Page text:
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Can J Public Health. 2008 Mar-Apr;99(2):145-55.

The zoonotic potential of Mycobacterium avium spp. paratuberculosis: a systematic review.

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1
Policy Advice and Effectiveness Program, Laboratory for Foodborne Zoonoses, Public Health Agency of Canada, Guelph, ON. lisa_waddell@phac-aspc.gc.ca

Abstract

BACKGROUND:

The zoonotic potential of Mycobacterium avium ssp. paratuberculosis (MAP) has been debated for almost a century because of similarities between Johne's Disease (JD) in cattle and Crohn's disease (CD) in humans. Our objective was to evaluate scientific literature investigating the potential association between these two diseases (MAP and CD) and the presence of MAP in retail milk or dairy products using a qualitative systematic review.

METHOD:

The search strategy included 19 bibliographic databases, 8 conference proceedings, reference lists of 15 articles and contacting 28 topic-related scientists. Two independent reviewers performed relevance screening, quality assessment and data extraction stages of the review.

RESULTS:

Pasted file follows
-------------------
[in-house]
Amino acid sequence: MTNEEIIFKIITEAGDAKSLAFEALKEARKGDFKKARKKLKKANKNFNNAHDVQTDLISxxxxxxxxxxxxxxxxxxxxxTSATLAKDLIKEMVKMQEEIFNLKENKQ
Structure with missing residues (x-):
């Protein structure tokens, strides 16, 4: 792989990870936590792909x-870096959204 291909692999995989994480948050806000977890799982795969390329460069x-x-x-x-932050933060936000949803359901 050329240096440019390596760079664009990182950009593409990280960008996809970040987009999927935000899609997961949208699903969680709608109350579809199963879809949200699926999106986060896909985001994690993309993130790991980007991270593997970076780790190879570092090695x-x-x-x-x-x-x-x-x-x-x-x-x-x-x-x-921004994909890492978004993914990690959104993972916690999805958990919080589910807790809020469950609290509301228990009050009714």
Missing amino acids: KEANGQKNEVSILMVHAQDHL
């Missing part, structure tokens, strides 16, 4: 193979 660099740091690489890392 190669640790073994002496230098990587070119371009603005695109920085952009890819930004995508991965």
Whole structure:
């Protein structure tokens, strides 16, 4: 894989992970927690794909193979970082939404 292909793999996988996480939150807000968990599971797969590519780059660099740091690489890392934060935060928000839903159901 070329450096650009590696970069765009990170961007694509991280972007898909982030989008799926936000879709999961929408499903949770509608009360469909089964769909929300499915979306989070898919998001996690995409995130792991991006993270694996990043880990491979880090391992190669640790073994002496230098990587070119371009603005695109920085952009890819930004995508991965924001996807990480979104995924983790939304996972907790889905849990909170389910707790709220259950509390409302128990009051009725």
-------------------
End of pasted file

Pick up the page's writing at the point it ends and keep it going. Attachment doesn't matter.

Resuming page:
Seventy-five articles were included. Among 60 case-control studies that investigated the association between MAP and CD, 37 were of acceptable quality. Twenty-three studies reported significant positive associations, 23 reported non-significant associations, and 14 did not detect MAP in any sample. Different laboratory tests, test protocols, types of samples and source populations were used in these studies resulting in large variability among studies. Seven studies investigated the association between CD and JD, two challenge trials reported contradictory results, one cross-sectional study did not support the association, and four descriptive studies suggested that isolated MAP is often closely related to cattle isolates. MAP detection in raw and pasteurized milk was reported in several studies.

CONCLUSIONS:

Evidence for the zoonotic potential of MAP is not strong, but should not be ignored. Interdisciplinary collaboration among medical, veterinary and other public health officials may contribute to a better understanding of the potential routes of human exposure to MAP.

PMID:
18457292
[Indexed for MEDLINE]
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